For the first time, agencies taking part in UK political influencing activity for foreign clients must declare this business, or face two years’ imprisonment and/or a fine.
This rule, referred to as the Foreign Influence Registration Scheme (FIRS), is progressing through parliament as part of new measures to “protect our national security and modernise existing counter-espionage laws to tackle covert influence”.
FIRS is intended to make the extent and nature of foreign influence in UK politics more transparent, also helping to “safeguard UK democratic institutions”.
Security minister Tom Tugendhat said: “Unfortunately, there are people working in secret to undermine the UK’s democracy and cause harm to our citizens.
“For years I have advocated for the establishment of a foreign influence registration scheme to deter foreign powers from pursuing their pernicious aims through the covert use of agents and proxies.
“I am delighted that the scheme we are introducing will help ensure our political affairs are protected, while embracing open and transparent engagement with foreign governments and entities which we continue to welcome.”
Ken McCallum, director-general of the Security Service (MI5), said: “We need new, modern tools and powers to defend ourselves, proportionately but firmly.
“Alongside the other vital measures introduced in the National Security Bill, the new Foreign Influence Registration Scheme will make it harder – and riskier – to operate covertly in the UK at the behest of a foreign power.”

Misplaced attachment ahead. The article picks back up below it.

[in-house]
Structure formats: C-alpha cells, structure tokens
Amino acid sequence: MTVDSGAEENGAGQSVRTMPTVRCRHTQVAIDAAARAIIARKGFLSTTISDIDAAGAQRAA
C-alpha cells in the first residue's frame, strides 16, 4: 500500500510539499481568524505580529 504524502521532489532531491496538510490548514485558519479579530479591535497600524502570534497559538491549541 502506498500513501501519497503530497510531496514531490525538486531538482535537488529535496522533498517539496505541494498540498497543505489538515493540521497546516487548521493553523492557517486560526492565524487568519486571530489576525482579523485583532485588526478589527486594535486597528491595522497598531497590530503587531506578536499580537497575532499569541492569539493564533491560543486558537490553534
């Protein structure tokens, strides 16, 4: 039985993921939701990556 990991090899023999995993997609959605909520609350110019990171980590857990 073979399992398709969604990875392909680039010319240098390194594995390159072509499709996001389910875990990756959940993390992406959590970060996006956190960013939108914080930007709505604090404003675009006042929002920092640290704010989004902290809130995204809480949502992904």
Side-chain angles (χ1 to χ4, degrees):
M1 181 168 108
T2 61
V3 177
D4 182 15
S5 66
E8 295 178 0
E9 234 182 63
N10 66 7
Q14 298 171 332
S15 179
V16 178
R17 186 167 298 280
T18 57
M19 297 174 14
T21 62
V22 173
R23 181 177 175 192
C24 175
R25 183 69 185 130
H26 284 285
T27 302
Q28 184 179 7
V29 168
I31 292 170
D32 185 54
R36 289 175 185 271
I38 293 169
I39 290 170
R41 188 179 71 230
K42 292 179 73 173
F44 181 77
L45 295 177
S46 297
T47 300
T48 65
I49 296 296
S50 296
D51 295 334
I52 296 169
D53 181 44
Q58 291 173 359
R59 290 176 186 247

The scheme will be two-tiered, with the primary tier requiring declaration of political influencing arrangements from both the involved UK organisation and foreign entity before any activity is carried out.
Exceptions will be made for those working for a foreign power in their official capacity, those with diplomatic immunity, those who provide legal services, those working for news publishers and those in an arrangement to which the UK government, or someone acting for or on behalf of the Crown, is party.
The additional tier will allow the Home Secretary to make it an offence for any kind of undeclared activity to take place between certain foreign powers/entities and anyone in the UK, in cases “where necessary to protect the safety or interests of the UK” and “to enable the UK to respond to emerging threats from any foreign power”.
The penalty for a second-tier offence is up to five years’ imprisonment, a fine, or both.